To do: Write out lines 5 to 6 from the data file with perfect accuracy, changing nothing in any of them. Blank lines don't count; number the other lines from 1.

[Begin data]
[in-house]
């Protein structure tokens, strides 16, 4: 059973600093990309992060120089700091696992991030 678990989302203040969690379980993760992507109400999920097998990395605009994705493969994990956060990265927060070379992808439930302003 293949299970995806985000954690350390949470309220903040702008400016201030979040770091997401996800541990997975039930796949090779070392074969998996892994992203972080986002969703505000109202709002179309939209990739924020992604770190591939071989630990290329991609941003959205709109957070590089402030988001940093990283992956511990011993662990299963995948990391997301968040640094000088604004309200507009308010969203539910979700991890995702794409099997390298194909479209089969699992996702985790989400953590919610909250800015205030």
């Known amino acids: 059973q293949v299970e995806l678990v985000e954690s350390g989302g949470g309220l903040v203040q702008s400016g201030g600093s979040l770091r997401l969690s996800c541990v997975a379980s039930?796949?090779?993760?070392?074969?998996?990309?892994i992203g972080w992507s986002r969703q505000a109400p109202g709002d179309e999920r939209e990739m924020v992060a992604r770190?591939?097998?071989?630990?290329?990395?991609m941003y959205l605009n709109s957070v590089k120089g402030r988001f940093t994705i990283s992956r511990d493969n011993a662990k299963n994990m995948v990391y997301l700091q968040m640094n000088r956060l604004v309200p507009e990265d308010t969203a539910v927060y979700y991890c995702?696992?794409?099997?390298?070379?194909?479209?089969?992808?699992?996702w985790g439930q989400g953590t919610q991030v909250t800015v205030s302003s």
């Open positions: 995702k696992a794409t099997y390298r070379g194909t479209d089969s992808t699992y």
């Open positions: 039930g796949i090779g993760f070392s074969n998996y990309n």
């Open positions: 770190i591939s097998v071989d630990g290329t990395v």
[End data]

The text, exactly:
């Open positions: 039930g796949i090779g993760f070392s074969n998996y990309n």
């Open positions: 770190i591939s097998v071989d630990g290329t990395v």